Despite a Unilever exec’s “Woke-washing” warning, the Cannes Lyin’s Grand Pricks this year didn’t seem to get the cosmic cultural memo that empty-headed, lazy virtue signaling is on the wane.
We saw the usual parade of holier-than-thou lecturers and secular preachers (preaching cultural division more than anything else, let’s note) rewarded by the would-be societal programmers at the Lyin’s: mediocre QB but superb controversy Colin Kaepernick; the smugly naive kids of March for Our Lives; the almost always stridently wrong when it counts New York Times; whatever the fuck that Childish Gambino thing was; etc., etc.
We won’t go through ‘em all, that’d be unbearable, but we’ll touch a couple of the key ones most deserving of contempt.
Burger King. Holy shit on a hamburger bun. Three big awards splattered for a fast food feeder producing slow-kill poison that harms your health as it supercharges kids’ obesity. If BK didn’t spend billion$ on bullshit badvertising, few would ever dream of eating there. So if you work that account you’ve got bloody stool all over your hands IMHO. Awarding a Grand Pricks for helping a disgusting slop shop like Burger King sell more of their degenerative garbage is like giving Joseph Goebbels the Pulitzer.
But what about honoring a cobwebbed feel-good story from nearly four decades ago for a despicably dishonest company like Johnson & Johnson—which knowingly sold cancer-causing powder to your babies? It doesn’t matter if you had to go back 36 years to find some past-tense propaganda to say about yourself, if you can tie it to brave women treating HIV infected men during Pride Month. That’s like going full retard in reverse.
If there was any morality in the advertising business, agencies wouldn’t work with these contemptible humanity-devolving clients, much less give awards for it. Then again, if there was any morality in the advertising business, there wouldn’t be an advertising business. So let’s move on.
When I read that the Cannes Lyin’s had awarded their Film Grand Pricks to the recently-acquired-and-almost-sure-to-soon-degenerate-not-that-they-were-really-all-that-great-to-begin-with Droga5, for their incredibly dunderheaded self-own campaign for The New York Times, “The Truth Is Hard,” I laughed and laughed. I’m laughing right now again, in fact, as I type this, I’m so delighted.
“The Truth Is Hard” campaign launched in February 2017, three months after Orange Man Bad handed The Times their shredded reputation on a platter, to the point where the paper felt the need to apologize to readers for what a shitty, unprofessional and irresponsible job they’d done covering the election.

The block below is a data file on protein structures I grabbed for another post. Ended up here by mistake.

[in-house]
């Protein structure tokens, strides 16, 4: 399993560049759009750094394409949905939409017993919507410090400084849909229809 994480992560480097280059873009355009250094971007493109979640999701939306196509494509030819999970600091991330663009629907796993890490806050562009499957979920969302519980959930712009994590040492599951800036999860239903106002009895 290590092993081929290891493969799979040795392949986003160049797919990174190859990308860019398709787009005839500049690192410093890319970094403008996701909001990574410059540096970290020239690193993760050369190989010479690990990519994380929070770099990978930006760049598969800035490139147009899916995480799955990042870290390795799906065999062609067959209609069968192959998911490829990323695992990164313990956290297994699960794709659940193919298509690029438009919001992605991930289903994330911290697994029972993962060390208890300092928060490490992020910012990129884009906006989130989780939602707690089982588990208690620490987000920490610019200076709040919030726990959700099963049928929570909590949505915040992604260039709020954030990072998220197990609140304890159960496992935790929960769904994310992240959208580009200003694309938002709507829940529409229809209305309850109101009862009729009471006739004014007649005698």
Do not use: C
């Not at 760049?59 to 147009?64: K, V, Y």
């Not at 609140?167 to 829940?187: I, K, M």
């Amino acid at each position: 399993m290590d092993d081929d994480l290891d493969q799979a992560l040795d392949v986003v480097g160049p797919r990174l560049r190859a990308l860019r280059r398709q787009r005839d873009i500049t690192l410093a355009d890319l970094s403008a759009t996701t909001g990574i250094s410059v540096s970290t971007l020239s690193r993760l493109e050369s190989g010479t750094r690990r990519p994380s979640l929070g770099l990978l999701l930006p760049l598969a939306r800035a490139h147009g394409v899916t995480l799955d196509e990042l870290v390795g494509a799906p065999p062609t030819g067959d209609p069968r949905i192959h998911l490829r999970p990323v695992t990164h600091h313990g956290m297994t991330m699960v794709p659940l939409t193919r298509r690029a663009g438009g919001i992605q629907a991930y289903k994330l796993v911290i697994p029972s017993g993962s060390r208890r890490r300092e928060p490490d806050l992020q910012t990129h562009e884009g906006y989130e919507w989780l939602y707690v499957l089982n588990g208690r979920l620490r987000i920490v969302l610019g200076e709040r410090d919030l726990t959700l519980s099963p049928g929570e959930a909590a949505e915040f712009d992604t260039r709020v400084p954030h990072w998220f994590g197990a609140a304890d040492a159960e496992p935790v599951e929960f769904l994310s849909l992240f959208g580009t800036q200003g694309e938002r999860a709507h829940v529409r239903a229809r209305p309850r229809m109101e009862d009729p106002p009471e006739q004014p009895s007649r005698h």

Yet apparently instead of actually doing anything about the shitty, unprofessional and irresponsible job they’ve been doing, management decided a big dumb ad campaign that tries to convince you they’re not actually doing a shitty, unprofessional and irresponsible job was the way to go.
Buuuuuut….since the apparently unforeseen potentially double-edged sword of “The Truth Is Hard” campaign launched two years ago, we have seen the once-respected, now ridiculous, New York Times blow it big time on the following:
2- Covington Kid
3- Jussie Smollett
4- NXIVM (what’s the over/under on them ever telling you NY Sen. Kirsten Gillebrand’s dad worked for NXIVM?)
5- Added racists Sarah Jeong and Bari Weiss to their editorial opinion team
6- Caricatured Israel’s PM Netanyahu as a dog wearing a six-pointed star dog collar
7- Claimed a huge bump in web traffic that turned out to be bot clicks from China (now THERE was an under-reported story!)
8- And so on.
Much like The Washington Post’s odd new slogan that sounds like a malevolent mission statement, “Democracy Dies In Darkness,” “The Truth Is Hard” seems an incredibly bizarre positioning to take, much less to award, as the paper’s credibility falls almost as fast as the Cannes Lyin’s.
The only way it makes sense is if the people doing the awarding still believe they have cultural influence. They don’t. The only people they’re influencing is each other, and there’s not even much of that because they all already think the same. It’s the only way you get to those positions nowadays--diversity of appearance is what matters, most certainly not diversity of worldview. Lockstep goosestep, but wow that new nose ring like the cattle wear is so YOU!
So let’s all have a good laugh at their expense. Both The New York Times and the ad industry are dying, and their absurdly defiant but profoundly delusional Lyin Grand Pricks award is a stage of their mutual grief. That stage is Denial (tinged with a bit of the next stage, Anger).
At best, the 2019 Cannes Lyin’s Grand Pricks might become an intriguing footnote to history: A signifier of the willful ignorance and small-minded ideological obstinance of both the publishing and advertising industries, as they headed pell-mell over history’s cliff, eyes wide shut, in a stubborn circle jerk death grip.
Hard truth for both industries, but hey—The truth is hard.